Being a woman of great devotion to her fans, the Honorable Katie, rendered internet-less by some grievous error on the part of her cable/internet provider, has employed me, your Humble Reverend, to supply this eve’s entertainment. I shall do my best to fulfill this extension of trust on her part (envision me here slightly bowing and exiting the room, hat in hand).
With such a responsibility laid upon my shoulders, I am admittedly slightly struggling to come up with appropriate material; the contract I signed specifically outlined word counts, as well as entertainment value, lest you think this is some light task merely tossed around without the slightest foresight. But, seeing how I’ve been extended such trust, why not write about that? I’ve plenty of experience with the matter.
As a manifestation of my sheer OCD about exercising and eating healthily, I’ve lately taken up riding fifteen (15) miles every day on my bike. To be fair, this was somewhat forced upon me, as my running career has begun to deteriorate my knees. But I digress…
Fifteen miles is a fair distance, and I don’t mean that in any bragging way, I assure you. What I mean is this: to ride a fifteen mile round trip, you obviously need to ride seven and a half miles in one direction, turn around, and head home; I suppose you technically could make fifteen one mile loops, thirty half-mile loops, and so on, but wouldn’t that get a bit boring after a while?
But ANYWAY, the point is this: Living in Memphis, seven and a half miles can take you into some very strange, and oftentimes hostile, neighborhoods. For reasons I’ll never understand, there are people in this city that take offense to me riding my bike, whether I am on the street, sidewalk, or grass. By no means do I mean to speak poorly of Memphis, for I love this city! But, there are some areas that, for safety’s sake, should be avoided.
Even so, every day I strap on my tight shorts and mesh shirt and, leaving my only means of communication (my cell phone) at home, go exploring for fifteen miles, trusting my safety to the general population I happen to encounter that particular day. I trust cars to remember to give me the right of way (or at least brake a little to give me a fighting chance), and I trust pedestrians not to simply clothesline me off my bike and steal my Ipod and glasses.
Biking in Memphis, I have begun to learn, is as much, if not more, mental exercise as it is physical: in addition to cars and people, the streets themselves, pockmarked and gouged by decades worth of automobiles and heavy equipment, are unreliable. You must simultaneously keep your eyes on the ground in front of you while monitoring traffic in front, behind, and to the side of you; the second you let your guard down, you extend an invitation for disaster.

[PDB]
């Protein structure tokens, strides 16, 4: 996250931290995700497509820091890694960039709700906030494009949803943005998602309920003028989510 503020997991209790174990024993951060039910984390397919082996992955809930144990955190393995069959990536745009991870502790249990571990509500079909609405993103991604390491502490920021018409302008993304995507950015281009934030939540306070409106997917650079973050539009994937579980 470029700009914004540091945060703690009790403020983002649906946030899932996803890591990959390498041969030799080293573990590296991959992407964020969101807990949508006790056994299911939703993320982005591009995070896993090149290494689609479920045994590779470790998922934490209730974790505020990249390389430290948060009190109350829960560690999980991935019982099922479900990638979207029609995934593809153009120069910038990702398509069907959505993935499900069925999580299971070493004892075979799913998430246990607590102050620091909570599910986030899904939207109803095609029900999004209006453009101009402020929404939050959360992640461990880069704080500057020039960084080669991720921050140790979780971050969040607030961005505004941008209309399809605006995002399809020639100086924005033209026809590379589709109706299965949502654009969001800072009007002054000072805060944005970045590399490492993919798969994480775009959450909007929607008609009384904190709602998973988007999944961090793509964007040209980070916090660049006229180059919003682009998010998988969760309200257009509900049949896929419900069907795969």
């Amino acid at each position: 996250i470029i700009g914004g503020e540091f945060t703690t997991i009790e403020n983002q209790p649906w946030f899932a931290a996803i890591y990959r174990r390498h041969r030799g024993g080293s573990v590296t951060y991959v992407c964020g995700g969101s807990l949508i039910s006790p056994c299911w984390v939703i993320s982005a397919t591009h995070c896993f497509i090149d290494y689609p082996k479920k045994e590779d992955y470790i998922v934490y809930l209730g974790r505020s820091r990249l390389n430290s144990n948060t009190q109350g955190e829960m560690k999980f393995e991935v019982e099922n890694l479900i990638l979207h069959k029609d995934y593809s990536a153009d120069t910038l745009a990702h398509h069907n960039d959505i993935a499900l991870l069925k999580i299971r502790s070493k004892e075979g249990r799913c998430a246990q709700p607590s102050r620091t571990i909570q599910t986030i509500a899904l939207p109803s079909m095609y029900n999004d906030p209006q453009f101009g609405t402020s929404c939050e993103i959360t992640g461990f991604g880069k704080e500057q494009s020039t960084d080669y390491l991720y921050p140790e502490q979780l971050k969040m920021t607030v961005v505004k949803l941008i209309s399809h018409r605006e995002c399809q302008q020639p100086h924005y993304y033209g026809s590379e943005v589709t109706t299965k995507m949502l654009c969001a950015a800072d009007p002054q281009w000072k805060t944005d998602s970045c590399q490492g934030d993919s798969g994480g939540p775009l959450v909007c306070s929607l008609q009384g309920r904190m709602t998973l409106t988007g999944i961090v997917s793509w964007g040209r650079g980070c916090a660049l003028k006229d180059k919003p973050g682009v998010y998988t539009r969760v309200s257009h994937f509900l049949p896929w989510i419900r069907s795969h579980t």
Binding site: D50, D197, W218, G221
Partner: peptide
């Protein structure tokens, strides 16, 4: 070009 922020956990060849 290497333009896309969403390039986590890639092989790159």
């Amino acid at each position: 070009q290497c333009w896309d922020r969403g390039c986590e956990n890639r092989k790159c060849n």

But I don’t want to paint a dismal picture of my hometown, for that simply would be unfair. A few days ago, for example, I rode my bike downtown, toting my camera and a small tripod in my bag. I was planning on a leisurely afternoon, broken up by an hour or so of (hopefully) capturing some worthwhile photographs of the river.
Shocking though this may be, I, like the rest of you, am human. As such, I do have physical limitations, no matter what my mind may have to say about the matter, and on that particular afternoon, I overdid it. Miles from home, completely exhausted, I sat on a curb catching my breath. Not a minute had passed when I was approached by a man whom, by the looks (and, to be perfectly blunt, smell) of him, you would assume is going to ask for money. To the contrary, he simply wanted to know if I was okay and if he could get me some water. Nothing in this world will ever make me feel more ashamed than this kind soul offering help as I sat greedily clutching my camera bag, expecting to be robbed.
I accepted water but conceded I had nothing to give; eyeing my bag, he simply asked that I take his picture. Eyes widening, he told me, “Make me famous!”
“No problem – what’s your name?”
“They calls me Beale Street!”
“You got it, Beale Street.” And so I snapped a shot of him.
We shook hands, parted ways, and I somehow made it back home.
Sometimes you’ve just gotta learn to let go – and trust.